The Last Stand

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Posted January 18, 2013 by in

Rating

Total Score
 
 
 
 
 

2.5/ 5

Quick Stats

Genre: action
 
Director: Jee-woon Kim
 
MPAA Rating: R
 
Actors: Arnold Schwarzenegger, Eduardo Noriega, Forest Whitaker, Johnny Knoxville, Louis Guzman, Genesis Rodriguez
 
Length: 107
 
Release Date: 1/18/2013
 
Studio: Di Bonaventura Pictures
 
 

What We Liked:

funny and exciting last act
 

What We Disliked:

dull beginning and middle section
 
What We Thought

Arnold is back.

by Daniel Hodgson
Full Article
While The Last Stand is supposedly Schwarzenegger’s first leading role since Terminator 3 back in 2003, it’s closer to an ensemble piece like The Expendables 1 & 2, but with a supporting cast that isn’t nearly as iconic.  Most of the action scenes in the first two acts belong to Eduardo Noriega’s villain, and Schwarzenegger doesn’t do much ass-kicking until the third act. If you’re here for Arnie (who goes through pic with a tired look in his eyes), you might want to stand in line for another movie.
     The story:  Drug lord Gabriel Cortez (Eduardo Noriega) escapes captivity, taking FBI agent Ellen Richards (Genesis Rodriguez) as a hostage.  Cortez races across the country in a stolen +1000 horsepower Corvette, determined to return to Mexico.  His course will take him through the small town of Summerton, Arizona, home of Sheriff Ray Owens (Arnold Schwarzenegger).  Agent John Bannister (Forrest Whitaker) warns Owens that Cortez is on his way, who must make the last stand against the dangerous fugitive.
     The budget for The Last Stand is only $30 million—a small price tag for an action flick these days, or even ten years ago (only in Hollywood…) so special effects won’t be of the caliber of the big-budget Arnie action pic you’re expecting.
     I was nodding off until the final act.  The Last Stand sets itself up as a thriller, with day/time reminders in each scene mimicking a ticking clock counting down until Cortez arrives in Summerton.  But there’s little reason to care about the FBI’s attempts to rescue the hostage because we know little about her, and care even less about her as the film drags on due to a plot twist.  A death in Summerton is also played straight (as if we were that invested), but then the next scene kicks off with the bumbling Summerton deputies contaminating a crime scene, played for laughs.  The juxtaposition makes the somberness of the death (however supposed) smack of insincerity, and the humor of the following scene seem in poor taste (too soon? one might say).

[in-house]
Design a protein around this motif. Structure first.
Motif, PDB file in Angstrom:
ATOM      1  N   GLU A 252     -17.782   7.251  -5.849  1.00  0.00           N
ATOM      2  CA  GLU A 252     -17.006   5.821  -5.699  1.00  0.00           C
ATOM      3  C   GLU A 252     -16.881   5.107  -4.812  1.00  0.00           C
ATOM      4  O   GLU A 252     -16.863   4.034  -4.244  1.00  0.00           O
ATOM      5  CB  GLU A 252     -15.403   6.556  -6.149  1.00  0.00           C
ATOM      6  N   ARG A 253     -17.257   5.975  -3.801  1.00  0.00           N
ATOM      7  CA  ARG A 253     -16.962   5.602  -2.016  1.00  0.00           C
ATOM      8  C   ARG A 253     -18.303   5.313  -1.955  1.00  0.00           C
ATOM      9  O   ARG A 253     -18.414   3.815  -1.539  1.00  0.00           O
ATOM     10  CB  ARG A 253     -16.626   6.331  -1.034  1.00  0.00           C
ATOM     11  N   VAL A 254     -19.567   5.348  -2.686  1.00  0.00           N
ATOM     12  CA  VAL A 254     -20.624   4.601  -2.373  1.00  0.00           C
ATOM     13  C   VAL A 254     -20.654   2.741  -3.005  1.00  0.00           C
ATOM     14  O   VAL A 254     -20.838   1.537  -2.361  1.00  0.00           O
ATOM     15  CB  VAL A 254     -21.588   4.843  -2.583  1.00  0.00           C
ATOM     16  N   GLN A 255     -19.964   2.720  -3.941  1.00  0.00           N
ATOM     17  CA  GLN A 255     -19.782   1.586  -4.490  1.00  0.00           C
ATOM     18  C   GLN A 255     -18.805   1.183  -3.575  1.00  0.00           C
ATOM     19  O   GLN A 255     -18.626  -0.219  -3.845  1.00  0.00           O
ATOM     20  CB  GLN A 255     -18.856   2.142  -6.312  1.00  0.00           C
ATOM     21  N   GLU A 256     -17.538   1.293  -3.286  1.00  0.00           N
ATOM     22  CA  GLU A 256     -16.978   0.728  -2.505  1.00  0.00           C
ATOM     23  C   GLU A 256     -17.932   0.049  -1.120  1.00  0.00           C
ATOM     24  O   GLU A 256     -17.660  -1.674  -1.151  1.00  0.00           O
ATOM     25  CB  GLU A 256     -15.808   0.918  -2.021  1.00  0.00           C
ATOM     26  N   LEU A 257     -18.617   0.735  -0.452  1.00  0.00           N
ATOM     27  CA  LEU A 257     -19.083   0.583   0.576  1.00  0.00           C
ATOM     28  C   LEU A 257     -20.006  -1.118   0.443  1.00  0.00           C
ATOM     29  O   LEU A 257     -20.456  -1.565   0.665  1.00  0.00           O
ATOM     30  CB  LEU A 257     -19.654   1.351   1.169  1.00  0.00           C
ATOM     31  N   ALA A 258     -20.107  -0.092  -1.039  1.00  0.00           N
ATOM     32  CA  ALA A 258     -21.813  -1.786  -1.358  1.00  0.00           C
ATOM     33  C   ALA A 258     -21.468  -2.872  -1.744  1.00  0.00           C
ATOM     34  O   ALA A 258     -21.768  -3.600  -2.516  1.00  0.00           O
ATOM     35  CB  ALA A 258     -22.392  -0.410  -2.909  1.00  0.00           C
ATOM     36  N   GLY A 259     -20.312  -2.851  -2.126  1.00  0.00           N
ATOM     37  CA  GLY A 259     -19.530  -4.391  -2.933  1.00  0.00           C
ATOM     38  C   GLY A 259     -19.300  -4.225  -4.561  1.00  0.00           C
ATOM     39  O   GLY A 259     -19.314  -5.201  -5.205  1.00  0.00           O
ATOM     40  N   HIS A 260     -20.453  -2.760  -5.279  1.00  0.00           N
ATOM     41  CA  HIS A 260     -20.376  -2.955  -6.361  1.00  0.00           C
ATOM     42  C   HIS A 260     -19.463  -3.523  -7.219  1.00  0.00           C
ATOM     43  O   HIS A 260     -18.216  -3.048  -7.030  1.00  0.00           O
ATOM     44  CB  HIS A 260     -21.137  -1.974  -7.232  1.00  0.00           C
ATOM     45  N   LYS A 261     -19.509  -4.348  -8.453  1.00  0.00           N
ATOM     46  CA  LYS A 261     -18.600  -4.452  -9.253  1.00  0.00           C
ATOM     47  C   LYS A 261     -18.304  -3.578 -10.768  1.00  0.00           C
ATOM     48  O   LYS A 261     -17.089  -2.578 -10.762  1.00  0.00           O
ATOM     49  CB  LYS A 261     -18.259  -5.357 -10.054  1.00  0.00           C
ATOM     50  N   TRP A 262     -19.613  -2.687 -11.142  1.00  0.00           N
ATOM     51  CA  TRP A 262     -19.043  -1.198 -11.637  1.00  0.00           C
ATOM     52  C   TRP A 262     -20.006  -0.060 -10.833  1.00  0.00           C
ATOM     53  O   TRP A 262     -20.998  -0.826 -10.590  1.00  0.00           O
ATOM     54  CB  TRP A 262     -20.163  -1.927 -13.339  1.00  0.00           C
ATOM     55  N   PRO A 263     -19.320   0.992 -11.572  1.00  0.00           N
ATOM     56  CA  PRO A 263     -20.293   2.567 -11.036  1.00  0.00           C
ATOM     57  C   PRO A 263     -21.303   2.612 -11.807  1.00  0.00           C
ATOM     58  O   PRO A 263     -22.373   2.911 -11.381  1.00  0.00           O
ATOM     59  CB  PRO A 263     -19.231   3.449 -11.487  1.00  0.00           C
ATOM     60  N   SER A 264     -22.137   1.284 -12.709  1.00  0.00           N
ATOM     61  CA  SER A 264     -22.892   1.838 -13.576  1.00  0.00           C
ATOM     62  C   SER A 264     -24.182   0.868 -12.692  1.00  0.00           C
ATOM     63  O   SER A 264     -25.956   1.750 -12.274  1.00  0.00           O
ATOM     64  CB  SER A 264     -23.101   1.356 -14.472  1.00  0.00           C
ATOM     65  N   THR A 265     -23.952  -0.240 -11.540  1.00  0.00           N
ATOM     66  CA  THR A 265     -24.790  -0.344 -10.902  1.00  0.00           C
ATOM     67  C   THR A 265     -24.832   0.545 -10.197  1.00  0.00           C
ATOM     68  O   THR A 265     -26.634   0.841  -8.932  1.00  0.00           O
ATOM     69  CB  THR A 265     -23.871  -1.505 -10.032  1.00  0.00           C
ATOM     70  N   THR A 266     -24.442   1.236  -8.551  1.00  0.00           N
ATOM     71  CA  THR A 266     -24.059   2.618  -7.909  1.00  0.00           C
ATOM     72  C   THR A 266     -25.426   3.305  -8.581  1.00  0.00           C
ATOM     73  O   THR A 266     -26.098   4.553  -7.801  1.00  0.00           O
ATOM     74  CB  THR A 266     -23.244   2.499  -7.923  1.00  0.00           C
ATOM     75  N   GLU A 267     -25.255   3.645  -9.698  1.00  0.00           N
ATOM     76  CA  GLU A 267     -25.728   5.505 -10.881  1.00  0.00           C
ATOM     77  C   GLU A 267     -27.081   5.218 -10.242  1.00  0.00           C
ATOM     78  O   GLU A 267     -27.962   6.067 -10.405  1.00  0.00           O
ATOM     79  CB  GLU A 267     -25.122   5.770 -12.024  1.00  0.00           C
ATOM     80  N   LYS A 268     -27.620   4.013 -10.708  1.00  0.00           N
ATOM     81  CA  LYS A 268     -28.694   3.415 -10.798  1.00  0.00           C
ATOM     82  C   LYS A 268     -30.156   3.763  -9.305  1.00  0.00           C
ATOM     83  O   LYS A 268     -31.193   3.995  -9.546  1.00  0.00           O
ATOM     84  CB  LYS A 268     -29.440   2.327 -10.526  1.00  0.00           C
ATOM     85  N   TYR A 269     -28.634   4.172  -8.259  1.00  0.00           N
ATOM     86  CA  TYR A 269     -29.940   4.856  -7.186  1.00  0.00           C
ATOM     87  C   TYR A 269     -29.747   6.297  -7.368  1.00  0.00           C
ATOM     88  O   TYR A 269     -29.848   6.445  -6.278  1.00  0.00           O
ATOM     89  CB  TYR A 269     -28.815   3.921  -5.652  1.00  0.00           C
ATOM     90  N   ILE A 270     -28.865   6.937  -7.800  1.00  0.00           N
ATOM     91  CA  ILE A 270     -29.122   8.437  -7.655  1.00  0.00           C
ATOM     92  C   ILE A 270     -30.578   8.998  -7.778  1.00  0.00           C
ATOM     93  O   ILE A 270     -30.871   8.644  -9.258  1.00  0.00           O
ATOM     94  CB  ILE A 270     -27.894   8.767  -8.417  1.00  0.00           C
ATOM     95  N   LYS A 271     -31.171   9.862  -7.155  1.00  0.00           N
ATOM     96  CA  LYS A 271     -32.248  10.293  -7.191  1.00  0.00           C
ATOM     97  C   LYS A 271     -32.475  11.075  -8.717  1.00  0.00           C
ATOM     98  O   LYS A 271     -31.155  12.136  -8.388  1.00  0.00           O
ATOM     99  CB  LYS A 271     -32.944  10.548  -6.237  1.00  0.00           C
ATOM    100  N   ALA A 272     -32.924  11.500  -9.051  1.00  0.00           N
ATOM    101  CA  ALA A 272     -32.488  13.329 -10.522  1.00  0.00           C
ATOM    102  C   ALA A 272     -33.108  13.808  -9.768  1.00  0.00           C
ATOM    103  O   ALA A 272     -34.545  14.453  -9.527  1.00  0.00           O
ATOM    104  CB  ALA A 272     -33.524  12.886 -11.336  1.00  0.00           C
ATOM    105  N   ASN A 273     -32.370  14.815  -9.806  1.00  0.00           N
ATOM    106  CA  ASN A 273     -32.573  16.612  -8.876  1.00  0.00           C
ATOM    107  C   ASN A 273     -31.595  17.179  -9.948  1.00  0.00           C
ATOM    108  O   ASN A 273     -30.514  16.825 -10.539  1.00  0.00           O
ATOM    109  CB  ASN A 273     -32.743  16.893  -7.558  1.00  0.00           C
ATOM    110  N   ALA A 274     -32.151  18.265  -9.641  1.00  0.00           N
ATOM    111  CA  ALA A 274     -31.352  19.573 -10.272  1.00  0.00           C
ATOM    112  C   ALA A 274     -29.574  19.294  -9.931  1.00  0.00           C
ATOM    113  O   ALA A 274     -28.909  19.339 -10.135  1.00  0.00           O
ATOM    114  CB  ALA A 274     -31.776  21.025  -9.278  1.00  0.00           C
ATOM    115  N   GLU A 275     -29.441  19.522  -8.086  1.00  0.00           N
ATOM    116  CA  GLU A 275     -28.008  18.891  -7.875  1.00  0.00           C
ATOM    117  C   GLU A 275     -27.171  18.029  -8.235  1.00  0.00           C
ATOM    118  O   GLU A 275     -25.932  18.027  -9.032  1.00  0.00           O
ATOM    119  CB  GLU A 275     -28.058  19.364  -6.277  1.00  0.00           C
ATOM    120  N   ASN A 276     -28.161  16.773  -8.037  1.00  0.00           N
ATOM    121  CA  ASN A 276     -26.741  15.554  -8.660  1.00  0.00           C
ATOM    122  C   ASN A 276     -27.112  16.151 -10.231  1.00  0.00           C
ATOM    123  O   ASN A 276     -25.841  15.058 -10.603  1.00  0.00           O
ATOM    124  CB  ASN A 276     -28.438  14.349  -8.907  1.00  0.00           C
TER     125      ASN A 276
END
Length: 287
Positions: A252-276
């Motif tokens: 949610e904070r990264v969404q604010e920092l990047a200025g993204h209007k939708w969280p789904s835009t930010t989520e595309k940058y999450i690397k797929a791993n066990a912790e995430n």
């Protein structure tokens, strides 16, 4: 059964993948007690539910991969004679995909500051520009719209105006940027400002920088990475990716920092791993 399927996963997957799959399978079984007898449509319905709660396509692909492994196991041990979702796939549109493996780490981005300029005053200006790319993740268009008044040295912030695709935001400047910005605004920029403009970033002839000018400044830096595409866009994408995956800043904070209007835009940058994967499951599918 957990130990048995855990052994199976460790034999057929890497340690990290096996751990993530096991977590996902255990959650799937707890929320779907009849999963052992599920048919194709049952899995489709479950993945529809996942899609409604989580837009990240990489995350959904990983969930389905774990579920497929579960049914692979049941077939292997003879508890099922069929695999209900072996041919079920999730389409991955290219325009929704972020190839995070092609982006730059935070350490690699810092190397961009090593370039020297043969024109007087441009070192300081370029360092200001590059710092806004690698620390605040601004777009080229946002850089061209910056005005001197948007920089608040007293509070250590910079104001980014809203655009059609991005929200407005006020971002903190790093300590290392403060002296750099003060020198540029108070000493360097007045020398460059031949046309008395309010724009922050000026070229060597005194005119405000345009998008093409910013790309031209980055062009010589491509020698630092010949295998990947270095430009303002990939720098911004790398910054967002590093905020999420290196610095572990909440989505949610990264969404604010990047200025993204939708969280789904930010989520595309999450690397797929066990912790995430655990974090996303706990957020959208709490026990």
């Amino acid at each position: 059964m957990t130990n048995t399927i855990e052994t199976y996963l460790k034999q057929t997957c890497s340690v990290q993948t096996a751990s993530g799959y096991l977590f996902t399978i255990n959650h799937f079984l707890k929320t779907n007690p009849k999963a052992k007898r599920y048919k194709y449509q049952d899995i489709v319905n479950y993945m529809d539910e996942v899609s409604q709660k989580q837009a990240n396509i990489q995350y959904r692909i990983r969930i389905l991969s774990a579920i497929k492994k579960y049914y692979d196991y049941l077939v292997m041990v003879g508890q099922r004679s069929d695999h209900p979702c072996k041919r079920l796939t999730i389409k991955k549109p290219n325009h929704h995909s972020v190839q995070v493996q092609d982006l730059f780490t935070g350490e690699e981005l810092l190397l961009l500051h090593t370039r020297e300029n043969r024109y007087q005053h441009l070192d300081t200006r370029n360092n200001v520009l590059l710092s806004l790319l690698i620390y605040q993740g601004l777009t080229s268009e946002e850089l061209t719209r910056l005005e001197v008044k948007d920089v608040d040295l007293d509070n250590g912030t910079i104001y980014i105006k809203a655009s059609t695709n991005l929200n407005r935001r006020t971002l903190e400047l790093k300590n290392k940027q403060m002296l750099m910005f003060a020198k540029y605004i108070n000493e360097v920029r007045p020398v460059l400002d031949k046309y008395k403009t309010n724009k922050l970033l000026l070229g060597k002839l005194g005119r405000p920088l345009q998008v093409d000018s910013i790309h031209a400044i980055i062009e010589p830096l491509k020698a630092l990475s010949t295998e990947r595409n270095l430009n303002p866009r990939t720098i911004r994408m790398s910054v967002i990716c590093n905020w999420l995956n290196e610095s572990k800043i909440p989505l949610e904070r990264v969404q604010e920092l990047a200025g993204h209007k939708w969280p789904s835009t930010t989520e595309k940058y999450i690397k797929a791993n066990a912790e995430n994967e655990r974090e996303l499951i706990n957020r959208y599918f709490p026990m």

The Last Stand perks up with an absurdly funny and fairly exciting third act, as Owens and the Summerton deputies make their stand against Cortez and his men.  The deputies have no idea what they’re doing, so there’s a wild spontaneity to the action.  The Last Stand is clever enough to save its big action for the final act, so we walk out on a strong note.  All’s well that ends well, I guess.

About the Author

Daniel Hodgson

Daniel has a degree in film from the University of Texas at Austin, and writes about himself in the third-person, because that's the fashion.

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